Payam Aminpour, Steven A. Gray, Antonie J. Jetter, Joshua E. Introne, Alison Singer and Robert Arlinghaus
Sustainable management of natural resources requires adequate scientific knowledge about complex relationships between
human and natural systems. Such understanding is difficult to achieve in many contexts due to data scarcity and knowledge limitations.
We explore the potential of harnessing the collective intelligence of resource stakeholders to overcome this challenge.
Using a fisheries example, we show that by aggregating the system knowledge held by stakeholders through graphical mental
models, a crowd of diverse resource users produces a system model of social–ecological relationships that is comparable to the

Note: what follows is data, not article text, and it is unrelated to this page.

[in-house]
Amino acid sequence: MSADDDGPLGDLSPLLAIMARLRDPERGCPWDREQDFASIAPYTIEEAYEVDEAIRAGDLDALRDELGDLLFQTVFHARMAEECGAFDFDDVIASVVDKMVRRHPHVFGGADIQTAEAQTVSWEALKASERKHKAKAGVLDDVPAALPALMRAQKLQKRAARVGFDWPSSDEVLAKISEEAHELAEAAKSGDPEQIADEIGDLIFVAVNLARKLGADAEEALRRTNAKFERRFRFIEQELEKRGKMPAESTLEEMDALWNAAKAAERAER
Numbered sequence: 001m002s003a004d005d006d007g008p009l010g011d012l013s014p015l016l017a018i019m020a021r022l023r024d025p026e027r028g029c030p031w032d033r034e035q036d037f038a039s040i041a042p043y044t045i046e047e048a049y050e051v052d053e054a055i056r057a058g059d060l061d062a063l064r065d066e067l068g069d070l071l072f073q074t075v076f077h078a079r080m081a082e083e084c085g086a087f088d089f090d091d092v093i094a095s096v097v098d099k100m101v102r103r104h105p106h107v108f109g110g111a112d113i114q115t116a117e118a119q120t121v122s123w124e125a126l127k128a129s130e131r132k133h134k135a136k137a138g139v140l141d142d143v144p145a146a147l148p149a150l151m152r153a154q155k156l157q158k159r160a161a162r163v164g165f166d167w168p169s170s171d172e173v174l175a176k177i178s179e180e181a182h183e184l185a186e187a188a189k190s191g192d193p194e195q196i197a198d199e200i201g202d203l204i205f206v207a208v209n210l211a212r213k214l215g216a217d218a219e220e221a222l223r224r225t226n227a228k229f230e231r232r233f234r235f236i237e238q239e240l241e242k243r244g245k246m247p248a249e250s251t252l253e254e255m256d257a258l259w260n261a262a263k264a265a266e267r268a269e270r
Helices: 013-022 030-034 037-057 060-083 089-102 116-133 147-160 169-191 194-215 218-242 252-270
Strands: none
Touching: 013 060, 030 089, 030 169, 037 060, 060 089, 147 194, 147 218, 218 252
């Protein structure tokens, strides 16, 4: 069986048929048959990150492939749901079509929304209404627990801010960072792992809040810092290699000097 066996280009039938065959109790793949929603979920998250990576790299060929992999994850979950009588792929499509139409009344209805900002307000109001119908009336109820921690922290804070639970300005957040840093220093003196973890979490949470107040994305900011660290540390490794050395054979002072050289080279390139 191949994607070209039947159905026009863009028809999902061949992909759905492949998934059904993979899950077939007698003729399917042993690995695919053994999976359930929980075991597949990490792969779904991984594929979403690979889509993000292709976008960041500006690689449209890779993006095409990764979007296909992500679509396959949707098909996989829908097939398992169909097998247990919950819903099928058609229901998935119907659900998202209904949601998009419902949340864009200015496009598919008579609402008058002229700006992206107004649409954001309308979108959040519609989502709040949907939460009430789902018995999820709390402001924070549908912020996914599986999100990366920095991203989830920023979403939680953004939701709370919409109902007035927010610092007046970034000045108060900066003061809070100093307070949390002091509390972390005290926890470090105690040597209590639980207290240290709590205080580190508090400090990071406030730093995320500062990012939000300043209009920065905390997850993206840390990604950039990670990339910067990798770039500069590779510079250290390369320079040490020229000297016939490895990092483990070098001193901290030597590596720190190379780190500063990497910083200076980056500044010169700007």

best scientific understanding. We show that the averaged model from a crowd of diverse resource users outperforms those of
more homogeneous groups. Importantly, however, we find that the averaged model from a larger sample of individuals can perform
worse than one constructed from a smaller sample. However, when averaging mental models within stakeholder-specific
subgroups and subsequently aggregating across subgroup models, the effect is reversed. Our work identifies an inexpensive,
yet robust way to develop scientific understanding of complex social–ecological systems by leveraging the collective wisdom of